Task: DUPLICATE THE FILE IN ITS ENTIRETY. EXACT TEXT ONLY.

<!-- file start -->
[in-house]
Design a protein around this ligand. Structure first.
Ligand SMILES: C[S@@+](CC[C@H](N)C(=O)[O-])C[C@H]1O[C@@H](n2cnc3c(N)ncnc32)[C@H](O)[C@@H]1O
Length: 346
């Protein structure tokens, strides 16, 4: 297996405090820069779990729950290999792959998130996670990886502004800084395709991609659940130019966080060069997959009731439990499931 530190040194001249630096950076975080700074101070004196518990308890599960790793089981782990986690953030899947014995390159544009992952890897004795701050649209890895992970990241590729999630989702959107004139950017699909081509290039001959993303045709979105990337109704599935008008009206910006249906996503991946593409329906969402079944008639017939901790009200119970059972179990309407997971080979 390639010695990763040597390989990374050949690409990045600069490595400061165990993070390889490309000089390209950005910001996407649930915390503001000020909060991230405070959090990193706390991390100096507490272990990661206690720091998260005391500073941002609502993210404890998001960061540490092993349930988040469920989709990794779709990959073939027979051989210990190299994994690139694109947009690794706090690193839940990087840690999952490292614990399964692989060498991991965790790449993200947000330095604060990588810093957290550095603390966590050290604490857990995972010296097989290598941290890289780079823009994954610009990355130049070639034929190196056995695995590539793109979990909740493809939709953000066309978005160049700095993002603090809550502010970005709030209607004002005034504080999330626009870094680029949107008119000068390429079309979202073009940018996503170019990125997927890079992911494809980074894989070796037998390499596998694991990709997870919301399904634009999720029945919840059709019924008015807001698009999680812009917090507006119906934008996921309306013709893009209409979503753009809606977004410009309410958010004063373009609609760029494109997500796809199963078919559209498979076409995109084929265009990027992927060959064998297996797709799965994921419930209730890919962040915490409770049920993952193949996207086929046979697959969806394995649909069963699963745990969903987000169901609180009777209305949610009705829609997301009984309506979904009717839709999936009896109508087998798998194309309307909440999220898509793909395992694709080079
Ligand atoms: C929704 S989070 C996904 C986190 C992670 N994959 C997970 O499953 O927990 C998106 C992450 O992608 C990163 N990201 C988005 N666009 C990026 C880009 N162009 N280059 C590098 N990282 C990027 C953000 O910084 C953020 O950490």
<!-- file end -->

[in-house]
Design a protein around this ligand. Structure first.
Ligand SMILES: C[S@@+](CC[C@H](N)C(=O)[O-])C[C@H]1O[C@@H](n2cnc3c(N)ncnc32)[C@H](O)[C@@H]1O
Length: 346
């Protein structure tokens, strides 16, 4: 297996405090820069779990729950290999792959998130996670990886502004800084395709991609659940130019966080060069997959009731439990499931 530190040194001249630096950076975080700074101070004196518990308890599960790793089981782990986690953030899947014995390159544009992952890897004795701050649209890895992970990241590729999630989702959107004139950017699909081509290039001959993303045709979105990337109704599935008008009206910006249906996503991946593409329906969402079944008639017939901790009200119970059972179990309407997971080979 390639010695990763040597390989990374050949690409990045600069490595400061165990993070390889490309000089390209950005910001996407649930915390503001000020909060991230405070959090990193706390991390100096507490272990990661206690720091998260005391500073941002609502993210404890998001960061540490092993349930988040469920989709990794779709990959073939027979051989210990190299994994690139694109947009690794706090690193839940990087840690999952490292614990399964692989060498991991965790790449993200947000330095604060990588810093957290550095603390966590050290604490857990995972010296097989290598941290890289780079823009994954610009990355130049070639034929190196056995695995590539793109979990909740493809939709953000066309978005160049700095993002603090809550502010970005709030209607004002005034504080999330626009870094680029949107008119000068390429079309979202073009940018996503170019990125997927890079992911494809980074894989070796037998390499596998694991990709997870919301399904634009999720029945919840059709019924008015807001698009999680812009917090507006119906934008996921309306013709893009209409979503753009809606977004410009309410958010004063373009609609760029494109997500796809199963078919559209498979076409995109084929265009990027992927060959064998297996797709799965994921419930209730890919962040915490409770049920993952193949996207086929046979697959969806394995649909069963699963745990969903987000169901609180009777209305949610009705829609997301009984309506979904009717839709999936009896109508087998798998194309309307909440999220898509793909395992694709080079
Ligand atoms: C929704 S989070 C996904 C986190 C992670 N994959 C997970 O499953 O927990 C998106 C992450 O992608 C990163 N990201 C988005 N666009 C990026 C880009 N162009 N280059 C590098 N990282 C990027 C953000 O910084 C953020 O950490």